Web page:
They likewise see “individuality” as an essential aspect of a person.

We might call this: “The Triumph of the [Unpopular] Will”.

Another overarching dissonance.

This speaks of the economic and political eradication of communal nature.

And the inherently losing battle of trying to maintain community within such an environment.

Sometimes I imagine, for my own mental health, completely breaking with my acculturation in favor of my returned-to realm.

Moving to a farm in the South or the Beq‘a Valley.

Cutting off the Internet and email.

All the while knowing this is pretty nigh impossible.

I fill up notebooks with thoughts on this subject.

Some manage to find their way into missives like this one.

That and two thousand Lebanese pounds will get me a service taxi ride through half of the city.

And so the razor’s-edge dancing continues.

A dance which started quite early in my life.

When we lived in Iran, there was a servant in our house.

His name was Majid.

The name in Arabic means “glory”; “splendor”; “nobility”; “honor”; “distinction”.

He was an Arab bedouin.

Probably Ahwazi, severely persecuted under the Shah.

The Iranian royal family was put back on the throne following the CIA-led coup that deposed the democratically elected prime minister Mohammad Mosaddegh 10 years before I was born.

The Shah wanted to deculturize the bedouin, if not eradicate them.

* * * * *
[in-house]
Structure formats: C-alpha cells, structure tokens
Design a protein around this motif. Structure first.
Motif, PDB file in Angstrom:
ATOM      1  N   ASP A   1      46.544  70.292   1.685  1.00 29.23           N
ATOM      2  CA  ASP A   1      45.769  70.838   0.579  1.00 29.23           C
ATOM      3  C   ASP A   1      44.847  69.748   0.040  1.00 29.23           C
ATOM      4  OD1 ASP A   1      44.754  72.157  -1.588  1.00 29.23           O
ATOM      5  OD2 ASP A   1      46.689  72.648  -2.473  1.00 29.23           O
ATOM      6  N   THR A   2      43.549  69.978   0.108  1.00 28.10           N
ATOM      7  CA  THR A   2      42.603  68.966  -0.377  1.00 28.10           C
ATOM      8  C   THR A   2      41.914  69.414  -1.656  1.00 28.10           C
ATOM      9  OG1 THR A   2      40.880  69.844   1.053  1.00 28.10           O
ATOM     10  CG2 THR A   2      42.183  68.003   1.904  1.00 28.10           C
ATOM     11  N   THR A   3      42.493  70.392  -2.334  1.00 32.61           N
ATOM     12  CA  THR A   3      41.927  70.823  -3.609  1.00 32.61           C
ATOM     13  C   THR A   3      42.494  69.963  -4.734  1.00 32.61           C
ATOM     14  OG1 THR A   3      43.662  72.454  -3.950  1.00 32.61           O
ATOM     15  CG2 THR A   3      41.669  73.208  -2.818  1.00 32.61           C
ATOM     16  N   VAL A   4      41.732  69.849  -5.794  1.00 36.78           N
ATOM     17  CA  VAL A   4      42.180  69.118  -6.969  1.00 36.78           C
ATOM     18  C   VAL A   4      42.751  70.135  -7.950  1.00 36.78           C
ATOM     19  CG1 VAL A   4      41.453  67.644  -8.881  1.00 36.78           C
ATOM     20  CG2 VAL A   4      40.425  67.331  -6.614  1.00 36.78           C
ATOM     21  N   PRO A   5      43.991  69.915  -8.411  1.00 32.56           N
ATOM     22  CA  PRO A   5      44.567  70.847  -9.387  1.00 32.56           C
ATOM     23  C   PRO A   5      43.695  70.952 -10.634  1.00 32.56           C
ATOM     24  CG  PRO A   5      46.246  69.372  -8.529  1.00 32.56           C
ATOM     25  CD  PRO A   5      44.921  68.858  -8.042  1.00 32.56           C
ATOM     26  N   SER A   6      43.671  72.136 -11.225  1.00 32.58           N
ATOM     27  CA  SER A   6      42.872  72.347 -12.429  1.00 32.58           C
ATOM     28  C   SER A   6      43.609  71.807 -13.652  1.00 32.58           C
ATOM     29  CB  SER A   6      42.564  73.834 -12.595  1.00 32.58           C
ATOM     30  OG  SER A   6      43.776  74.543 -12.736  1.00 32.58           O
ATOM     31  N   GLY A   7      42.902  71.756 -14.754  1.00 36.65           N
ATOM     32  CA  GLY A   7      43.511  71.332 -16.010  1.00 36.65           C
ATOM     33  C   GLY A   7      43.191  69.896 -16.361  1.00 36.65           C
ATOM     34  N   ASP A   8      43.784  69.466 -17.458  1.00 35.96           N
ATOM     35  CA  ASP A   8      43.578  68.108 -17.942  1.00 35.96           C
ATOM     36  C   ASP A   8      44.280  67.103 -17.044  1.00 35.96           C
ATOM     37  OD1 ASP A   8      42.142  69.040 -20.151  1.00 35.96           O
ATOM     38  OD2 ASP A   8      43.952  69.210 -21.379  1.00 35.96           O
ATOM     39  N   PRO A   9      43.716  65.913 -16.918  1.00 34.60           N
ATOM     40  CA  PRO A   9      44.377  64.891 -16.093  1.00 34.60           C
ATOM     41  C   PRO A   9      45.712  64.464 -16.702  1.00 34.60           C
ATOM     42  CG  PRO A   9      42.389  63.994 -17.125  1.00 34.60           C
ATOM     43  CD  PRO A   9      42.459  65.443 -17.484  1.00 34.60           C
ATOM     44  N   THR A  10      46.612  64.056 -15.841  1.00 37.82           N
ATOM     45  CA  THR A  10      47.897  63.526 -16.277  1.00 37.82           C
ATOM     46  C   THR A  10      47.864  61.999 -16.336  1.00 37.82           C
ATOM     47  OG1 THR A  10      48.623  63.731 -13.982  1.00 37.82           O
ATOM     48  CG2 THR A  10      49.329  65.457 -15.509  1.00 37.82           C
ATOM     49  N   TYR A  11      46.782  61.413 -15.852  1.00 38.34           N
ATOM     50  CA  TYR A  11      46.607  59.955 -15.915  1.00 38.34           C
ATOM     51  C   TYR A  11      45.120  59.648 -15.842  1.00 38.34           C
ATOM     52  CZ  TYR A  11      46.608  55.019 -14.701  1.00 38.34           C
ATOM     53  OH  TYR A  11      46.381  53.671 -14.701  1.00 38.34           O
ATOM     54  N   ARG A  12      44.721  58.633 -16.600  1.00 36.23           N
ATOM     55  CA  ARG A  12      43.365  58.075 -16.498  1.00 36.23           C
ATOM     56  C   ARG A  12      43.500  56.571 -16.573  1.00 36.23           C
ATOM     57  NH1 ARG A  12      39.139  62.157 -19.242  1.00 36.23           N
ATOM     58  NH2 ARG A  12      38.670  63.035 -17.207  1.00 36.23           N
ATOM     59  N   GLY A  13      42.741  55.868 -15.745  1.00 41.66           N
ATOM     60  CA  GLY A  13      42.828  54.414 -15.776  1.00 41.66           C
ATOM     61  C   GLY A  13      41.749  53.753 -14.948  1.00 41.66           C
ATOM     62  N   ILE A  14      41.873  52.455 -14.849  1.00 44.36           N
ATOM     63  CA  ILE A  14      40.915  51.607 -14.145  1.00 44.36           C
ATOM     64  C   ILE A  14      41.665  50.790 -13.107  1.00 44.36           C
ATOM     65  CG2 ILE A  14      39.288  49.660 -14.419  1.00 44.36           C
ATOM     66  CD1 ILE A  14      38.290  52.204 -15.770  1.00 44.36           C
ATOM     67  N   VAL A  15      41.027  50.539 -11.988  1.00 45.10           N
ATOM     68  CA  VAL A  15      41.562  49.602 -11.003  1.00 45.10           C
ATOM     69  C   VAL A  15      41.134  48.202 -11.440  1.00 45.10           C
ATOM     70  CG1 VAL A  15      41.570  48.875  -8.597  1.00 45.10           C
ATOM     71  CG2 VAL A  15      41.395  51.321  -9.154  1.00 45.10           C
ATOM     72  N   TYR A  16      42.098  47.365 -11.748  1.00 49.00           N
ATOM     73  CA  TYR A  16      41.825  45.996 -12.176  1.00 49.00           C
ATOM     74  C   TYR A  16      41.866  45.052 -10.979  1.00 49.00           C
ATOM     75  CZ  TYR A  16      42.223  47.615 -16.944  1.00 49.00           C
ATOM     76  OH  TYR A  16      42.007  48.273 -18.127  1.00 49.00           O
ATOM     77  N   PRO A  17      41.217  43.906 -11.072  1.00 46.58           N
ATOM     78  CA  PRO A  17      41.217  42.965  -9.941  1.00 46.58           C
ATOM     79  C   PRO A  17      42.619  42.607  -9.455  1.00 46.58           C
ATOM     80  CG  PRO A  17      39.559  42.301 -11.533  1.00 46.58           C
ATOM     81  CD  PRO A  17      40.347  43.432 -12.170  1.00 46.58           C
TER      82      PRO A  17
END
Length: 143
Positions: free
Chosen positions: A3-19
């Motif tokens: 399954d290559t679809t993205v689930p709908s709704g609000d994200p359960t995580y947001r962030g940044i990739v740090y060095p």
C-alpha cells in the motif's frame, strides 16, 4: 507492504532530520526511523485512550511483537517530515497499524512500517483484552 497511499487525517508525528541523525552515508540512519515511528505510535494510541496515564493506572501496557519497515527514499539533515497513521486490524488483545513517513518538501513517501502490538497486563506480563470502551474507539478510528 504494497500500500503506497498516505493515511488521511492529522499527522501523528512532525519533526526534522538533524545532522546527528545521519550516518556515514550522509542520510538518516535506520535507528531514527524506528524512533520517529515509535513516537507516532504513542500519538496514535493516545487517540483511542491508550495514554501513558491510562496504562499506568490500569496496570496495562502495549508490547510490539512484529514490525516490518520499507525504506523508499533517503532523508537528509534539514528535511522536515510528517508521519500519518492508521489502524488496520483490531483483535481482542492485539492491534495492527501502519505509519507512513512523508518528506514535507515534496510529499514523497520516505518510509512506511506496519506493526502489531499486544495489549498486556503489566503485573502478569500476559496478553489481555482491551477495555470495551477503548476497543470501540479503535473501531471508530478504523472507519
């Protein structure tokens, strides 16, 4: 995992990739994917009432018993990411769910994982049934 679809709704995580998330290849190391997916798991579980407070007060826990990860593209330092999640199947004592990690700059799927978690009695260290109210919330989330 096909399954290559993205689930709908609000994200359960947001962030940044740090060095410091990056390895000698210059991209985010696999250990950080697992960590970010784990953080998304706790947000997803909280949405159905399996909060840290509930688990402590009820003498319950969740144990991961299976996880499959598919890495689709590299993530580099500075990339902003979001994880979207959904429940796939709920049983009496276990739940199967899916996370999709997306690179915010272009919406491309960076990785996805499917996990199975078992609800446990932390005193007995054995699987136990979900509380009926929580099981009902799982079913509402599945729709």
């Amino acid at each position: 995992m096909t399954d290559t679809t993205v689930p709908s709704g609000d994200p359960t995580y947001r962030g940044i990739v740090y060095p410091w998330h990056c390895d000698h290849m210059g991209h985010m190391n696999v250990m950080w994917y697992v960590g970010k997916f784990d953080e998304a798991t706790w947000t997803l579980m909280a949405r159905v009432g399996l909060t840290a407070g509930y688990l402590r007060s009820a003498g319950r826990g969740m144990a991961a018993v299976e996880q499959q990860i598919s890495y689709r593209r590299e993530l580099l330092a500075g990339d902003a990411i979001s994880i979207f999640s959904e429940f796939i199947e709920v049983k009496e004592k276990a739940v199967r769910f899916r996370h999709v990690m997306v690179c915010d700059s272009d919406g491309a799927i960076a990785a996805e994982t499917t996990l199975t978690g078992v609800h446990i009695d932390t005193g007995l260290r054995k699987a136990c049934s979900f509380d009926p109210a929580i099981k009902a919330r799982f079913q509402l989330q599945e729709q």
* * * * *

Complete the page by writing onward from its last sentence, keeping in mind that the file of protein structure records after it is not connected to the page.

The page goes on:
This still continues today throughout all the countries of the region.

Our dispossession and displacement as adoptees unite us with so many people.

While the class we are adopted into sees them as human detritus.

Another Orwellian inversion in the Great Inversion of adoption.

Majid was displaced from his own family to take care of me.

He reminds me of my friends in my neighborhood.

Far from the families.

Their lives on hold.

The future an unknown.

Relying on the vagaries of a cruel economy.

And the deigning of those in control to spare crumbs from their table.

I imagine I spent more time with Majid my first year and a half on this Earth than with my father.

I like to imagine that he spoke to me in Arabic during this time.

According to a letter he wrote us later, he was extremely sad to see me leave.

He had come to the airport to see us off.

He asked after me, and wondered how I was doing.

My father never replied to his letter.